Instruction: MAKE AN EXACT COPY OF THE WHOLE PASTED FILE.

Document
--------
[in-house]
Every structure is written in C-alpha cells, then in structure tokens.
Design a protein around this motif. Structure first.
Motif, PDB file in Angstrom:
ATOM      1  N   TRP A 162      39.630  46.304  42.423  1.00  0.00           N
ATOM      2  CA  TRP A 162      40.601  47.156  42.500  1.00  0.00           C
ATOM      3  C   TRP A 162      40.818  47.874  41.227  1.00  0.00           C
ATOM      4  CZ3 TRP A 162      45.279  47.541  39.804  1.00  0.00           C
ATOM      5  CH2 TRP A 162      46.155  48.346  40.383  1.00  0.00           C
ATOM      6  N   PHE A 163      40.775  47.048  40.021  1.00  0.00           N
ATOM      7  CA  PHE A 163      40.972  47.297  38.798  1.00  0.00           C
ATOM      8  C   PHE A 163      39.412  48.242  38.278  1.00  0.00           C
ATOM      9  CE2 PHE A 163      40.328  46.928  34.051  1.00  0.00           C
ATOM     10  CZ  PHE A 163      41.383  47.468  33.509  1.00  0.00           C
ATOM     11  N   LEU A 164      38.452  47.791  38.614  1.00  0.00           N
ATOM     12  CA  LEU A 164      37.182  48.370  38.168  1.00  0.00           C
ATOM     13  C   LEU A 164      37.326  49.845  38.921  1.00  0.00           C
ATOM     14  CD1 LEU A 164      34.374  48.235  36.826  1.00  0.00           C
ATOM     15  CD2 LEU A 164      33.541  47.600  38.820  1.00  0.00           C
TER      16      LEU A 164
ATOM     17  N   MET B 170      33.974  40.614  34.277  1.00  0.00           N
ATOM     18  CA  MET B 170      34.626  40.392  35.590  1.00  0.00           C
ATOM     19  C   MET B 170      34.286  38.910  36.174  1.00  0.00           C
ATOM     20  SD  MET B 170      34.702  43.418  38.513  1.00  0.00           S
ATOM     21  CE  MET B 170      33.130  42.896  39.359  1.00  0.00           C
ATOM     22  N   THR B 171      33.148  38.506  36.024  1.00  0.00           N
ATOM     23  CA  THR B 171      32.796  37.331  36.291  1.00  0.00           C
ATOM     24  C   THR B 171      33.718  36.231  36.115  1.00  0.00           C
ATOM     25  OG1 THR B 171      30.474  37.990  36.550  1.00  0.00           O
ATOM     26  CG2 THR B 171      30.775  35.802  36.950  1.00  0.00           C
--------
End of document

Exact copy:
[in-house]
Every structure is written in C-alpha cells, then in structure tokens.
Design a protein around this motif. Structure first.
Motif, PDB file in Angstrom:
ATOM      1  N   TRP A 162      39.630  46.304  42.423  1.00  0.00           N
ATOM      2  CA  TRP A 162      40.601  47.156  42.500  1.00  0.00           C
ATOM      3  C   TRP A 162      40.818  47.874  41.227  1.00  0.00           C
ATOM      4  CZ3 TRP A 162      45.279  47.541  39.804  1.00  0.00           C
ATOM      5  CH2 TRP A 162      46.155  48.346  40.383  1.00  0.00           C
ATOM      6  N   PHE A 163      40.775  47.048  40.021  1.00  0.00           N
ATOM      7  CA  PHE A 163      40.972  47.297  38.798  1.00  0.00           C
ATOM      8  C   PHE A 163      39.412  48.242  38.278  1.00  0.00           C
ATOM      9  CE2 PHE A 163      40.328  46.928  34.051  1.00  0.00           C
ATOM     10  CZ  PHE A 163      41.383  47.468  33.509  1.00  0.00           C
ATOM     11  N   LEU A 164      38.452  47.791  38.614  1.00  0.00           N
ATOM     12  CA  LEU A 164      37.182  48.370  38.168  1.00  0.00           C
ATOM     13  C   LEU A 164      37.326  49.845  38.921  1.00  0.00           C
ATOM     14  CD1 LEU A 164      34.374  48.235  36.826  1.00  0.00           C
ATOM     15  CD2 LEU A 164      33.541  47.600  38.820  1.00  0.00           C
TER      16      LEU A 164
ATOM     17  N   MET B 170      33.974  40.614  34.277  1.00  0.00           N
ATOM     18  CA  MET B 170      34.626  40.392  35.590  1.00  0.00           C
ATOM     19  C   MET B 170      34.286  38.910  36.174  1.00  0.00           C
ATOM     20  SD  MET B 170      34.702  43.418  38.513  1.00  0.00           S
ATOM     21  CE  MET B 170      33.130  42.896  39.359  1.00  0.00           C
ATOM     22  N   THR B 171      33.148  38.506  36.024  1.00  0.00           N
ATOM     23  CA  THR B 171      32.796  37.331  36.291  1.00  0.00           C
ATOM     24  C   THR B 171      33.718  36.231  36.115  1.00  0.00           C
ATOM     25  OG1 THR B 171      30.474  37.990  36.550  1.00  0.00           O
ATOM     26  CG2 THR B 171      30.775  35.802  36.950  1.00  0.00           C